Posted at: 03/13/2013 9:05 AM
Updated at: 03/13/2013 6:23 PM
By: Beth Wurtmann
ALBANY - Bob Schulz was still optimistic Wednesday that he could get the New York Safe Act struck down.
"Holding government accountable is key and I think we'll prevail in this case," he said.
That's even though his motion in State Supreme Court was denied. The Queensbury resident, who is not a lawyer, argued that Governor Andrew Cuomo improperly rushed the gun legislation to a vote with a message of necessity.
"When a bill is controversial they'll pass it with a message of necessity. Cut off, suspend all public debate deny us our right of speech," Schulz told the judge.
Schulz said the State Constitution was violated because lawmakers and citizens didn't have the usual three days to review and debate the bill. The New York Safe Act expanded a ban on assault weapons and strengthened background checks.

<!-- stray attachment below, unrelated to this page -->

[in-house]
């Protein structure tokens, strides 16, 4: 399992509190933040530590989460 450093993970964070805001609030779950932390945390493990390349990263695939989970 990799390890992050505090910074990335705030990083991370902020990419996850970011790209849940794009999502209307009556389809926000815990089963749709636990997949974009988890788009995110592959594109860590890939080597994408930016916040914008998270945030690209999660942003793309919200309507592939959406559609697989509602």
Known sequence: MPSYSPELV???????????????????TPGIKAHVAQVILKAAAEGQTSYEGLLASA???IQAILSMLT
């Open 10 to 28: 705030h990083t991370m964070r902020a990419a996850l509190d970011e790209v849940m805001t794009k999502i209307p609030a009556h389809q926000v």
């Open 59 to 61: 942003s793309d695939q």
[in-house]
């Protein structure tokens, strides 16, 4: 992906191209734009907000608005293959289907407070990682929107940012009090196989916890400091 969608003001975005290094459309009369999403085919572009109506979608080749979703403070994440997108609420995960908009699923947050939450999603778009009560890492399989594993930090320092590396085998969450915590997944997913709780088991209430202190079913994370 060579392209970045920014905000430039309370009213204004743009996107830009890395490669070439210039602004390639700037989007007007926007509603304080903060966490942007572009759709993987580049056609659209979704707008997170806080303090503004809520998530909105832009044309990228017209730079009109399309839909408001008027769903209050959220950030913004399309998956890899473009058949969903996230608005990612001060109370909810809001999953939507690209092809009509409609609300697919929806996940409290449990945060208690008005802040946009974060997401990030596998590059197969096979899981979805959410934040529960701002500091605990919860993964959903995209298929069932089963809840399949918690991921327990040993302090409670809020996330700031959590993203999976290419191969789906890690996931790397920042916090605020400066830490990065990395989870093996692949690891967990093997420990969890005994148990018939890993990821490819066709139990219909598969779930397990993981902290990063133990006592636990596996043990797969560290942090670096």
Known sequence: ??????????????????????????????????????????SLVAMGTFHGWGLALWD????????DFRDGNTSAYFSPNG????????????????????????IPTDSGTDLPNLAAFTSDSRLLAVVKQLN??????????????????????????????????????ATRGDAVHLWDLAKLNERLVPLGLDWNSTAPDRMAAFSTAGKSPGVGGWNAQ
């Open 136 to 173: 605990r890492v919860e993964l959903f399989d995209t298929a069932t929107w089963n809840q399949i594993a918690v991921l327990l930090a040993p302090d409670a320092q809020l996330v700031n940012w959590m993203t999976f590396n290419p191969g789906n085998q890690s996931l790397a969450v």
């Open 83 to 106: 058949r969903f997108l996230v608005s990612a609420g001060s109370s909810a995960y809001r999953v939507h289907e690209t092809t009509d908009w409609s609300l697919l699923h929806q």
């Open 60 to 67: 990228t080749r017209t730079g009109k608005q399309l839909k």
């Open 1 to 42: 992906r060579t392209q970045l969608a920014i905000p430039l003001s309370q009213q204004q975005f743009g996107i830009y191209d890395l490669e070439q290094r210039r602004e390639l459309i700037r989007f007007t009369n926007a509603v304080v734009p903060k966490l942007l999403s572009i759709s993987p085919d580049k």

The government's attorney said Cuomo rightfully believed it was urgent to pass the bill.
"Our people in New York State were facing increasing common incidents where assault weapons and high capacity cartridges and magazines were being used to commit crimes," said James McGowan, Assistant Attorney General.
The judge said he wouldn't interfere with a higher court's ruling; a disappointment for the more than 1200 gun owners also waging lawsuits.
"It was snuck through behind closed doors. Nobody even knew about it. like they said the legislators didn't have time to read the act so basically they were voting for something they didn't know," said Charles Spencer, an Oswego County resident who attended the proceeding.
Schulz said he will file an appeal of the denial with the Court of Appeals Thursday.